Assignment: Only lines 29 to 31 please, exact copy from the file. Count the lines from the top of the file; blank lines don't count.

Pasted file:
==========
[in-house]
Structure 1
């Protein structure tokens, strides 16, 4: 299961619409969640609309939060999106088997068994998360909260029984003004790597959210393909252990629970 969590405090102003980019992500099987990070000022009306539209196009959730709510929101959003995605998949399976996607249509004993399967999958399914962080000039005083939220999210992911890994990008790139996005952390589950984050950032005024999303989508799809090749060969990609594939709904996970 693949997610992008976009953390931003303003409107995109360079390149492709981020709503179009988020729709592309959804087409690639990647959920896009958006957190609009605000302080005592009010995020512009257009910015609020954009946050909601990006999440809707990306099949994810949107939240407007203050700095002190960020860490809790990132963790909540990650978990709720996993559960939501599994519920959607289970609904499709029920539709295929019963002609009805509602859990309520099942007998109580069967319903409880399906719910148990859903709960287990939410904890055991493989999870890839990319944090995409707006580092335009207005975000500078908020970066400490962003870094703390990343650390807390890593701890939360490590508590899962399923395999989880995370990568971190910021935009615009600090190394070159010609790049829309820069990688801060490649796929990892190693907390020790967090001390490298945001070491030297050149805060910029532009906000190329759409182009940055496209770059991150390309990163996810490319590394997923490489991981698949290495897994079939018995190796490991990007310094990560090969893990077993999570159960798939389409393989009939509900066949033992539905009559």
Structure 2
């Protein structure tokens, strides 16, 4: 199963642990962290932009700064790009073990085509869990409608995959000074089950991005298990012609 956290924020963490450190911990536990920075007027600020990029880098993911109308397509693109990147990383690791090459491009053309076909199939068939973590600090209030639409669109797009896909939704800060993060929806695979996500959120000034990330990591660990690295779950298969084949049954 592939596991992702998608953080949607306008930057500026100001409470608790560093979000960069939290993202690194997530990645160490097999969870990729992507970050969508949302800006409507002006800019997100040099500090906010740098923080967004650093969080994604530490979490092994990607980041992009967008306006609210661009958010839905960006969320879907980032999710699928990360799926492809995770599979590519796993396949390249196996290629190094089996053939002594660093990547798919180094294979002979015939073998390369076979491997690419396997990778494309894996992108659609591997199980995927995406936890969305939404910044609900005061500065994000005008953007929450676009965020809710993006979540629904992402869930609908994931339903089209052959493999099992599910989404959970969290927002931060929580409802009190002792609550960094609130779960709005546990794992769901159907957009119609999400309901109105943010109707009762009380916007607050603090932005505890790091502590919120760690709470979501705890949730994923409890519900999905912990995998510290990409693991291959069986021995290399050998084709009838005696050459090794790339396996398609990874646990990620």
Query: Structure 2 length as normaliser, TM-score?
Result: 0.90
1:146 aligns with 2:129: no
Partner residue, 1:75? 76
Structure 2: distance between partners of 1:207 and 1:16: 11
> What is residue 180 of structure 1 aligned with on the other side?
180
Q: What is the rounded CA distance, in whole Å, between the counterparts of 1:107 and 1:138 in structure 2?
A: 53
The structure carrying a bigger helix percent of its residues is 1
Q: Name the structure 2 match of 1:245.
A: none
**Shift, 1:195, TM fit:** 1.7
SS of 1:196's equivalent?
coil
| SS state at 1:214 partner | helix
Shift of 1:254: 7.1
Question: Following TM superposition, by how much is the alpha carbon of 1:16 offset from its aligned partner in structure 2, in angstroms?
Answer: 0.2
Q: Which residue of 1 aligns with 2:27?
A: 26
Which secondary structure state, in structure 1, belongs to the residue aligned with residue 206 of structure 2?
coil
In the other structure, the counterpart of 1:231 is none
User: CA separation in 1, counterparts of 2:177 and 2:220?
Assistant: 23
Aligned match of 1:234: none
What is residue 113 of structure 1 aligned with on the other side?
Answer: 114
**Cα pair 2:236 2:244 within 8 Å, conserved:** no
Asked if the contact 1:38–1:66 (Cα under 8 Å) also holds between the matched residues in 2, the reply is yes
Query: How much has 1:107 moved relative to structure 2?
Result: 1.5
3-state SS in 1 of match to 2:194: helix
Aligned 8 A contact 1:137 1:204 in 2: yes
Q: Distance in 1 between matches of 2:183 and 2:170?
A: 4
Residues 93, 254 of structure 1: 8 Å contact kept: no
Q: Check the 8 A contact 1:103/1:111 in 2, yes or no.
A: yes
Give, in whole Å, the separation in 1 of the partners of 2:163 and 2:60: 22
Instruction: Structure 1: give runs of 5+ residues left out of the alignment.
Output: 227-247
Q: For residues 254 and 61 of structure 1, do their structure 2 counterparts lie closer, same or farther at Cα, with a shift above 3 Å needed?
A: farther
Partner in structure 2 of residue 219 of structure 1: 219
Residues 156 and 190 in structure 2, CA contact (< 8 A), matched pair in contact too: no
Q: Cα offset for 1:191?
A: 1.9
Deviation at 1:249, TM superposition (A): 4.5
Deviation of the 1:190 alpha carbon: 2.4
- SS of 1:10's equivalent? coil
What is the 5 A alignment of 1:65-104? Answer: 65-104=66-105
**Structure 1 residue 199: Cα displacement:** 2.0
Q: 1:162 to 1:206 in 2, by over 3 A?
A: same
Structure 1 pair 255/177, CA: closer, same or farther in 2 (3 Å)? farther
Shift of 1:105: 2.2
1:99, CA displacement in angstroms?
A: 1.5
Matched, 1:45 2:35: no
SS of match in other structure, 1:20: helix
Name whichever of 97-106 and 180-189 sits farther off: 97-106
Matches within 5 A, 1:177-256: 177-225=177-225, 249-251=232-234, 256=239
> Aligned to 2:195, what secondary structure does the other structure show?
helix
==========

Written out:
In the other structure, the counterpart of 1:231 is none
User: CA separation in 1, counterparts of 2:177 and 2:220?
Assistant: 23